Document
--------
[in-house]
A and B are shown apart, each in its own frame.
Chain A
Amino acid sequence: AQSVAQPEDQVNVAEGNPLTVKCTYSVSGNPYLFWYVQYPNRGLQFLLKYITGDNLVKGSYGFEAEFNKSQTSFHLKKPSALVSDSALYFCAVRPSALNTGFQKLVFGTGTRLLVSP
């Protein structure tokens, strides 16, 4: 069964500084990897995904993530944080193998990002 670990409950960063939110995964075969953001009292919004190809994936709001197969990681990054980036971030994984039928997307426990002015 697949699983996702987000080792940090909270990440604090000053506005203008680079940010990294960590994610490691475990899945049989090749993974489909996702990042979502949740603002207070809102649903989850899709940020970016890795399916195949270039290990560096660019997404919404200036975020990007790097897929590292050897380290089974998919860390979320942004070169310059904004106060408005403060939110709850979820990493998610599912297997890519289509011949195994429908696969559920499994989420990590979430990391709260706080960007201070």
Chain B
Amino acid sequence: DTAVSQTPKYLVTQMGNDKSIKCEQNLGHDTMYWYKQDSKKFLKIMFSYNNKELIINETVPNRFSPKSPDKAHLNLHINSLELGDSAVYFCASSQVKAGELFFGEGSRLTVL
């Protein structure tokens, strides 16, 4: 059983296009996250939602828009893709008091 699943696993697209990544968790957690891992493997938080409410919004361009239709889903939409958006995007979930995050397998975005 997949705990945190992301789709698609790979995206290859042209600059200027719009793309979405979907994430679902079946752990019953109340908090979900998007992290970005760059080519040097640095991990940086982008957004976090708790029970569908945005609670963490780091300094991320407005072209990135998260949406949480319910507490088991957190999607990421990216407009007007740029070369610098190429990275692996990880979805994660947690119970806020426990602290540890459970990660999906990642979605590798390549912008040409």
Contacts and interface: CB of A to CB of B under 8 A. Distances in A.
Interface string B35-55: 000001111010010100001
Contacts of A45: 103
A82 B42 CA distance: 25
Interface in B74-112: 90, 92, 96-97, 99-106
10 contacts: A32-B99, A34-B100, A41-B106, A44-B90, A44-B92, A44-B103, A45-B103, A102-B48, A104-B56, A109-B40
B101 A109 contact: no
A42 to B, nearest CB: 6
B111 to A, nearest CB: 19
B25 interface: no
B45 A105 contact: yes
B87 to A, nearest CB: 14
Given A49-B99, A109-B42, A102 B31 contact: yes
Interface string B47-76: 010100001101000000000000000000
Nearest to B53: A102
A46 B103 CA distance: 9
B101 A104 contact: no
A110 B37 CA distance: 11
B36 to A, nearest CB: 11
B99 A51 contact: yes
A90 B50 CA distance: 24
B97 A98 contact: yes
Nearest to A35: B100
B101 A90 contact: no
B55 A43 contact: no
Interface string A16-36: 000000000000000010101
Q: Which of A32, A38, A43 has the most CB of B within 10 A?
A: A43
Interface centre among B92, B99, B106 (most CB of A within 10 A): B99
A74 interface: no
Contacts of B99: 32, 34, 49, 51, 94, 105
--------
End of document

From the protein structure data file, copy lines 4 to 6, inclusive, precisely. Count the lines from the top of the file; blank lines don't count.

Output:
Amino acid sequence: AQSVAQPEDQVNVAEGNPLTVKCTYSVSGNPYLFWYVQYPNRGLQFLLKYITGDNLVKGSYGFEAEFNKSQTSFHLKKPSALVSDSALYFCAVRPSALNTGFQKLVFGTGTRLLVSP
């Protein structure tokens, strides 16, 4: 069964500084990897995904993530944080193998990002 670990409950960063939110995964075969953001009292919004190809994936709001197969990681990054980036971030994984039928997307426990002015 697949699983996702987000080792940090909270990440604090000053506005203008680079940010990294960590994610490691475990899945049989090749993974489909996702990042979502949740603002207070809102649903989850899709940020970016890795399916195949270039290990560096660019997404919404200036975020990007790097897929590292050897380290089974998919860390979320942004070169310059904004106060408005403060939110709850979820990493998610599912297997890519289509011949195994429908696969559920499994989420990590979430990391709260706080960007201070």
Chain B